If you forget to take it
If it is almost time for your next dose, skip the dose you missed and take your next dose when you are meant to.
Otherwise, take it as soon as you remember, and then go back to taking your medicine as you would normally.
Do not take a double dose to make up for the dose that you missed. This may increase the chance of you getting an unwanted side effect.
If you are not sure what to do, ask your doctor or pharmacist.
If you have trouble remembering to take your medicines, ask your pharmacist for some hints.
If you have too much (overdose)
If you are in hospital hydroxycarbamide (hydroxyurea) will be given to you by the hospital staff, so it is most unlikely that too many capsules would be given. However, if an overdose should be given, your doctor will give you the appropriate treatment.
If you are taking hydroxycarbamide (hydroxyurea) at home – Immediately telephone your doctor or pharmacist or the Poisons Information Centre (telephone 13 11 26) for advice or go to Accident or Emergency at your nearest hospital, if you think that you or someone else may have taken too many hydroxycarbamide (hydroxyurea) capsules. Do this even if there are no signs of discomfort or poisoning. You may need urgent medical attention.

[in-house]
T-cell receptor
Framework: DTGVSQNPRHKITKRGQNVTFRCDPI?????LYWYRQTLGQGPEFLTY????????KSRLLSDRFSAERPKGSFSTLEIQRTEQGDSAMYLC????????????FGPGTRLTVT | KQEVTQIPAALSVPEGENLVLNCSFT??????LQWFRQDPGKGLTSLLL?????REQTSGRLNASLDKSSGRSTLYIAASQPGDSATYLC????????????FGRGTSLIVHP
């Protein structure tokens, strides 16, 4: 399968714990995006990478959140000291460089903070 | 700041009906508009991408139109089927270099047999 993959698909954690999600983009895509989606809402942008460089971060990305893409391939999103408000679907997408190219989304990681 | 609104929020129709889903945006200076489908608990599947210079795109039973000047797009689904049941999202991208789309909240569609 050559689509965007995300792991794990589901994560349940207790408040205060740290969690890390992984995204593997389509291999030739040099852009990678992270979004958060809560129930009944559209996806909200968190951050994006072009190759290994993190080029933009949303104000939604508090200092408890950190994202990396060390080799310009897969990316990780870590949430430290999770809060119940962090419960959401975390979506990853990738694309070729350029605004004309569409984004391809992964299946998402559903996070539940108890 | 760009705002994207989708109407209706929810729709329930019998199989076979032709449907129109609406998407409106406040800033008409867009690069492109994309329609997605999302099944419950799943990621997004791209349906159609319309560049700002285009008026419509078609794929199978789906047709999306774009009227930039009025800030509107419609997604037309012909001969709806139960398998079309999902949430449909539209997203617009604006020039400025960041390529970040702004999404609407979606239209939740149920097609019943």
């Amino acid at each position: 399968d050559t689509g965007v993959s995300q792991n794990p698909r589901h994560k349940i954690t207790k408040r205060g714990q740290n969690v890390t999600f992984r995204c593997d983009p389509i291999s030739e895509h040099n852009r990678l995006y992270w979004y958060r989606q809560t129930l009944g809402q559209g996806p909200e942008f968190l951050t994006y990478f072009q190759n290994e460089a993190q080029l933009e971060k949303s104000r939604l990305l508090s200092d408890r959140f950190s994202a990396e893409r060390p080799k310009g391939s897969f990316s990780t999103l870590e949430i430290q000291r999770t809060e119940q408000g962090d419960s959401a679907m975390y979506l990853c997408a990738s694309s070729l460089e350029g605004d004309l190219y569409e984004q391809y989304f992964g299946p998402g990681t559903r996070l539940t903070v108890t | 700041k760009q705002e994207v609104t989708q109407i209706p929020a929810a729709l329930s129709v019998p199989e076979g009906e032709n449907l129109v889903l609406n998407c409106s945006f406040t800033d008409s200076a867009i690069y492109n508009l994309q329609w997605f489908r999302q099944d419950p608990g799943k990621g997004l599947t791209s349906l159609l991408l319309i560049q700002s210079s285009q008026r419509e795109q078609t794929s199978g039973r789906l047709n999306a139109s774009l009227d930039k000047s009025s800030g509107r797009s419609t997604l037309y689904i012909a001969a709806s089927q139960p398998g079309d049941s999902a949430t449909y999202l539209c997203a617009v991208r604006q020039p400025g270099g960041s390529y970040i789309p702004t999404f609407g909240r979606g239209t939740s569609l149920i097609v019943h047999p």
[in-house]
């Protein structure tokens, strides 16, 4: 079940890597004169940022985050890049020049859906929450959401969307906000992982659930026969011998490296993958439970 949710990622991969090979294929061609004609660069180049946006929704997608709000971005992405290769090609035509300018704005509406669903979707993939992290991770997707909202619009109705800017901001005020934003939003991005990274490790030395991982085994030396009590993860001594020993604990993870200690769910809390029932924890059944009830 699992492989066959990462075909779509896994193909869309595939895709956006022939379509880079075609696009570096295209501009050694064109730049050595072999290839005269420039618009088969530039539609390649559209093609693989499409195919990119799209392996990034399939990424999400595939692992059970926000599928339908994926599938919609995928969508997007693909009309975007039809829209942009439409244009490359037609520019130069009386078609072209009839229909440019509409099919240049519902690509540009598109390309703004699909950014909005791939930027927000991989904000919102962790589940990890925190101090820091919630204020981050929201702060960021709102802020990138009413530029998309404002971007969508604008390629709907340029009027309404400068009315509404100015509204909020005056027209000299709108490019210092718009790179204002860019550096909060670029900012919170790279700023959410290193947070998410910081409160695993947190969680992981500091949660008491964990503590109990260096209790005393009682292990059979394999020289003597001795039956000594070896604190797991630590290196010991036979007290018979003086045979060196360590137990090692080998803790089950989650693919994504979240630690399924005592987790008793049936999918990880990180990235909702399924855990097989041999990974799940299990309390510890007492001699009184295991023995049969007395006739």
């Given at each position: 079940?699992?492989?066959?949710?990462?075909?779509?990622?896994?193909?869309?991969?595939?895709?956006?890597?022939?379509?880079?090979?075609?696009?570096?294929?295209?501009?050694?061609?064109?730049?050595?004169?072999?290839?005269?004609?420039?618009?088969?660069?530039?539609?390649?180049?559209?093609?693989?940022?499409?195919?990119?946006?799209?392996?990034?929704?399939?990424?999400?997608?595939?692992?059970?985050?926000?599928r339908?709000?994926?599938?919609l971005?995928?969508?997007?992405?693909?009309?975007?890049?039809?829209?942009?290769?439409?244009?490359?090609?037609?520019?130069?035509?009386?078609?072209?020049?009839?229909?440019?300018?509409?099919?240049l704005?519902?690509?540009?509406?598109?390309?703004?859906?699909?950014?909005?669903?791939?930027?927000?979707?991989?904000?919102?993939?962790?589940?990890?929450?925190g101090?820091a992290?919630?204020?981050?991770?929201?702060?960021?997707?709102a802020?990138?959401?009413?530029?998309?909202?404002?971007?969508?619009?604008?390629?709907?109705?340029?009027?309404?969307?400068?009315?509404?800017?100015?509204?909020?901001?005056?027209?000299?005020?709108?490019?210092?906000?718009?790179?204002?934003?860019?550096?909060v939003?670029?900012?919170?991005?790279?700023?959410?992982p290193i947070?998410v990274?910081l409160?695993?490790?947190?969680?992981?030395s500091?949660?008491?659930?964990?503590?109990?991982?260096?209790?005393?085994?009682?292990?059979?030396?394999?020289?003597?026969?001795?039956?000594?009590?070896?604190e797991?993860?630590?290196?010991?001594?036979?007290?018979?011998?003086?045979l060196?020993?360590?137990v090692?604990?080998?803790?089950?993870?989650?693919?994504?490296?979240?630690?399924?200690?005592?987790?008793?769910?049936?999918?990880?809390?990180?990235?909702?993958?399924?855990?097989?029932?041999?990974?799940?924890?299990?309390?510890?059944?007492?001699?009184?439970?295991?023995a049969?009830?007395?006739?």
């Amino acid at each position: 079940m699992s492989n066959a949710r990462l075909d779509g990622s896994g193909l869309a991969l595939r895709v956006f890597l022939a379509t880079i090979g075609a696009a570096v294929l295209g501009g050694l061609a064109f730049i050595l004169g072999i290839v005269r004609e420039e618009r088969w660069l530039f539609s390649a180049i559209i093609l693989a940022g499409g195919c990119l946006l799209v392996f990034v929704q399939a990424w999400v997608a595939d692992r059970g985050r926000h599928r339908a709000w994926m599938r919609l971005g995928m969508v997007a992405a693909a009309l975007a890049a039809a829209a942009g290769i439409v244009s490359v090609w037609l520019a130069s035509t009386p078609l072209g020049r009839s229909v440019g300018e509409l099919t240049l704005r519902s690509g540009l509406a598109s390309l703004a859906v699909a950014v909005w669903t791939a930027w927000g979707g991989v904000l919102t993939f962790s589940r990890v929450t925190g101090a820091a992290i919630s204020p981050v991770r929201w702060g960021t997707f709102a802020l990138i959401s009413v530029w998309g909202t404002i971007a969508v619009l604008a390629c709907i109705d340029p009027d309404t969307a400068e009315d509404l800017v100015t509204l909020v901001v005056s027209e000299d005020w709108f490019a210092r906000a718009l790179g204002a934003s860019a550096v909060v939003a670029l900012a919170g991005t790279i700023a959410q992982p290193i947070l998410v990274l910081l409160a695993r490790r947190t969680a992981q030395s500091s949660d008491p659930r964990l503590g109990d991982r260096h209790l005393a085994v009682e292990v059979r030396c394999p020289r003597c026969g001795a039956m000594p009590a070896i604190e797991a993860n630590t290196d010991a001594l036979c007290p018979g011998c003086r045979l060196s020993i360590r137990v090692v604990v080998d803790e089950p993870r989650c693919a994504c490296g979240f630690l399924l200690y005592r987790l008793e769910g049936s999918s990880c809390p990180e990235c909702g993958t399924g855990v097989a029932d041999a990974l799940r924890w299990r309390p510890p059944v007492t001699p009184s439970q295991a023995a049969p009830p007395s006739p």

Symptoms of overdose may include acute skin inflammation, soreness, discolouration of the skin, fluid retention associated with the hands & feet followed by scaling of the skin in these areas, soreness & inflammation of the mouth.
While you are taking hydroxycarbamide (hydroxyurea)
Things you must do
Be sure to keep all your doctor’s appointments so your progress can be checked. Your doctor may want to check your blood pressure and do some blood and other tests from time to time to check on your progress and detect any unwanted side effects.
Keep follow up appointments with your doctor in order to get the best effect from your treatments.
If you forget an appointment, contact your doctor immediately.
Tell any other doctors, dentists and pharmacists who are treating you that you are taking hydroxycarbamide (hydroxyurea).
If you are about to be started on any new medicine, tell your doctor, dentist or pharmacist that you are taking hydroxycarbamide (hydroxyurea).
If you plan to have surgery that needs a general anaesthetic, tell your doctor or dentist that you are taking hydroxycarbamide (hydroxyurea).